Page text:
This Directive shall apply to the working population – including self-employed persons, workers and self-employed persons whose activity is interrupted by illness, accident or involuntary unemployment and persons seeking employment – and to retired or invalid workers and self-employed persons.
1. This Directive shall apply to:
(a) statutory schemes which provide protection against the following risks;
— old age,
— accidents at work and occupational diseases,
(b) social assistance, in so far as it is intended to supplement or replace the schemes referred to in (a).
2. this Directive shall not apply to the provisions concerning survivors’ benefits nor to those concerning family benefits, except in the case of family benefits granted by way of increases of benefits due in respect of the risks referred to in paragraph 1(a).
3. With a view to ensuring implementation of the principle of equal treatment in occupational schemes, the Council, acting on a proposal from the Commission will adopt provisions defining its substance, its scope and the arrangements for its application.
1. the principle of equal treatment means that there shall be no discrimination whatsoever on ground of sex either directly, or indirectly by reference in particular to marital or family status, in particular or concerns;
— the scope of the schemes and the conditions of access thereto,
— the obligation to contribute and the calculation of contributions,
— the calculation of benefits including increases due in respect of a spouse and for dependants and the conditions governing the duration and retention of entitlement to benefits.
2. The principle of equal treatment shall be without prejudice to the provisions relating to the protection of women on the grounds of maternity.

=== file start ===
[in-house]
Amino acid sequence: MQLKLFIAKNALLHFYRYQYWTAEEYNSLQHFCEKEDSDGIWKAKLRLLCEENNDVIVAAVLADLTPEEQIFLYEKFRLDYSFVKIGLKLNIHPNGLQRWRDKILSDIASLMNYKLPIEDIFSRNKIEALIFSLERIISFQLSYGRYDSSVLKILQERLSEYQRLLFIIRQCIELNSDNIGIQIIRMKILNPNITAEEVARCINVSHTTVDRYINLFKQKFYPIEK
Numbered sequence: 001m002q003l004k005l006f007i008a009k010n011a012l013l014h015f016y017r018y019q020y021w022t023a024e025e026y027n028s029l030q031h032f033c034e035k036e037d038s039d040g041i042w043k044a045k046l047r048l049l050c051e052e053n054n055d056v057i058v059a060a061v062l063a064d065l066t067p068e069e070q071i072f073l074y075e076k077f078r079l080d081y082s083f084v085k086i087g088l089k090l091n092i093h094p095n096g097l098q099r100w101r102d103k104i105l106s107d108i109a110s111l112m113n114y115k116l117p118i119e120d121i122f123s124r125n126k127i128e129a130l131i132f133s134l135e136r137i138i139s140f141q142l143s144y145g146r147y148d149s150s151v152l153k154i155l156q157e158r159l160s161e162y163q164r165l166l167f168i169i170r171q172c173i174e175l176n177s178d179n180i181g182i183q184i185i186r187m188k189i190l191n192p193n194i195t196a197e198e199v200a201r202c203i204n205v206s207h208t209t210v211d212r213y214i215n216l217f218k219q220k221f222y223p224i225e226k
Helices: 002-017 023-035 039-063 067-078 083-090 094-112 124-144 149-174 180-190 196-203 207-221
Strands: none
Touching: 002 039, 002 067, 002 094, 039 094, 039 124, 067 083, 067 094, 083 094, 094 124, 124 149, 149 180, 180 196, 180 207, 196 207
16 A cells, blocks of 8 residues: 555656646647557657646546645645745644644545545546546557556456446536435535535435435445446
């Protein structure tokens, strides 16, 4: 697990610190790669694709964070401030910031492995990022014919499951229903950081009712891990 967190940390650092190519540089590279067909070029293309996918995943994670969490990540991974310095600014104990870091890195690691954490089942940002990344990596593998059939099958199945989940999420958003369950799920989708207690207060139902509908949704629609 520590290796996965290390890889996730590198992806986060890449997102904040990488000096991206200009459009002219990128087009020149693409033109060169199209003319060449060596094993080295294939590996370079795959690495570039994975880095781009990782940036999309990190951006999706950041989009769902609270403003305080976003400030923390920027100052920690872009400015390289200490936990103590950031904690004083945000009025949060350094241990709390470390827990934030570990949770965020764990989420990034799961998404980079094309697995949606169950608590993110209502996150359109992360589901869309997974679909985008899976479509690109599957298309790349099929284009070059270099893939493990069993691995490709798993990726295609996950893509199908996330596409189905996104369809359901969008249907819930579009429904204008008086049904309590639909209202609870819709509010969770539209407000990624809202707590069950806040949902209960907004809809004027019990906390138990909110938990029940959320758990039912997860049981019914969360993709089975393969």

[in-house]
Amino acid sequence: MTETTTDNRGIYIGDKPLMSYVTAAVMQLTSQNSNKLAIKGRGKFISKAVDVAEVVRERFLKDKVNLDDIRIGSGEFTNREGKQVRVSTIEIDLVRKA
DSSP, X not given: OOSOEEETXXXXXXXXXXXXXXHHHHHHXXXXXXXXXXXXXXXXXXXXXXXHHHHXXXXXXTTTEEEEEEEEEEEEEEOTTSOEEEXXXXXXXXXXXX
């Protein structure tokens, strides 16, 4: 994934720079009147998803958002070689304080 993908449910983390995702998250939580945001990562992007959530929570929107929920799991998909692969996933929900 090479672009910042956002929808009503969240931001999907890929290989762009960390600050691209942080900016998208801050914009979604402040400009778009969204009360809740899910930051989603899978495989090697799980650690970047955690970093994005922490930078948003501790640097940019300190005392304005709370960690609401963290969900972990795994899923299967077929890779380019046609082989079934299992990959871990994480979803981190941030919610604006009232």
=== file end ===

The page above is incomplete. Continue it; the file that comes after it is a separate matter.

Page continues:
Member States shall take the measures necessary to ensure that any laws, regulations and administrative provisions contrary to the principle of equal treatment are abolished.
Member States shall introduce into their national legal systems such measures as are necessary to enable all persons who consider themselves wronged by failure to apply the principle of equal treatment to pursue their claims by judicial process, possibly after recourse to other competent authorities.
1. this Directive shall be without prejudice to the right of Member States to exclude from its scope:
(a) the determination of pensionable age for the purposes of granting old-age and retirement pensions and the possible consequences thereof for other benefits;
(b) advantages in respect of old-age pension schemes granted to persons who have brought up children; the acquisition of benefit entitlements following periods of interruption of employment due to the bringing up of children;
(c) the granting of old-age or invalidity benefit entitlements by virtue of the derived entitlements of a wife;
(d) the granting of increases of long-term invalidity, old-age, accidents at work and occupational disease benefits for a dependent wife;
(e) the consequences of the exercise, before the adoption of this Directive, of a right of option not to acquire rights or incur obligations under a statutory scheme.
2. Member States shall periodically examine matters excluded under paragraph 1 in order to ascertain, in the light of social developments in the matter concerned, whether there is justification for maintaining the exclusions concerned.
1. Member States shall bring into force the laws, regulations and administrative provisions necessary to comply with this Directive within six years of its notification. They shall immediately inform the Commission thereof.
2. Member States shall communicate to the Commission the text of laws, regulations and administrative provisions which they adopt in the field covered by this Directive, including measures adopted pursuant to Article 7(2). They shall inform the Commission of their reasons for maintaining any existing provisions on the matters referred to in Article 7(1) and of the possibilities for reviewing them at a later date.
Within seven years of notification of this Directive, Member States shall forward all information necessary to the Commission to enable it to draw up a report on the application of this Directive for submission to the Council and to propose such further measures as may be required for the implementation of the principle of equal treatment.
this Directive is addressed to the Member States.
Done at Brussels, 19 December 1978.
For the Council
The Social Security Contributions and Benefits Act 1992
44 Category A retirement pension
(1) A person shall be entitled to a Category A retirement pension if –
(a) he is over pensionable age; and
[(b) he satisfies the relevant conditions or condition]
and subject to the provisions of this Act, he shall become so entitled on the day on which he attains pensionable age and his entitlement shall continue throughout his life.